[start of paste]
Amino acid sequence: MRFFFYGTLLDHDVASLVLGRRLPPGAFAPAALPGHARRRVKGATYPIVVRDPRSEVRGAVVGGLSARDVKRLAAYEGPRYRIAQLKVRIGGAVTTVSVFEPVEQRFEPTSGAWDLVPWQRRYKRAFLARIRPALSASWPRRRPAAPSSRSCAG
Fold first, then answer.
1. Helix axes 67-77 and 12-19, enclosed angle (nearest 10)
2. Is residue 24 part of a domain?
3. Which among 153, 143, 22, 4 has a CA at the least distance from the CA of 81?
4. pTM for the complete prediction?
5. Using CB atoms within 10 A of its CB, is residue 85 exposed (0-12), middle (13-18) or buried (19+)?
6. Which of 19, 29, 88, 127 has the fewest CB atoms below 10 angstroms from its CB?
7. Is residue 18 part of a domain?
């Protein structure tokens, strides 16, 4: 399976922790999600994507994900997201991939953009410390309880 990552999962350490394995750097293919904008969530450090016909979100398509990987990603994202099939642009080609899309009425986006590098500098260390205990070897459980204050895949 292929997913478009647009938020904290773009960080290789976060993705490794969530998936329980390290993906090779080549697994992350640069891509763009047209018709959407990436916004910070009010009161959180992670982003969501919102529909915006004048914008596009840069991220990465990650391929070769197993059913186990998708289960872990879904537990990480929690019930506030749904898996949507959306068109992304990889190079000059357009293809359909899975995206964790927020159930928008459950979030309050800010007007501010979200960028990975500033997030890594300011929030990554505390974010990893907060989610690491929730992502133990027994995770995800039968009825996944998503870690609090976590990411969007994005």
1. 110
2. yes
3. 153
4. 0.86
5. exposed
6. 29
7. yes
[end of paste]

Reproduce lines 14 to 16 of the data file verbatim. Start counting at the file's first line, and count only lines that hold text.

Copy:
4. 0.86
5. exposed
6. 29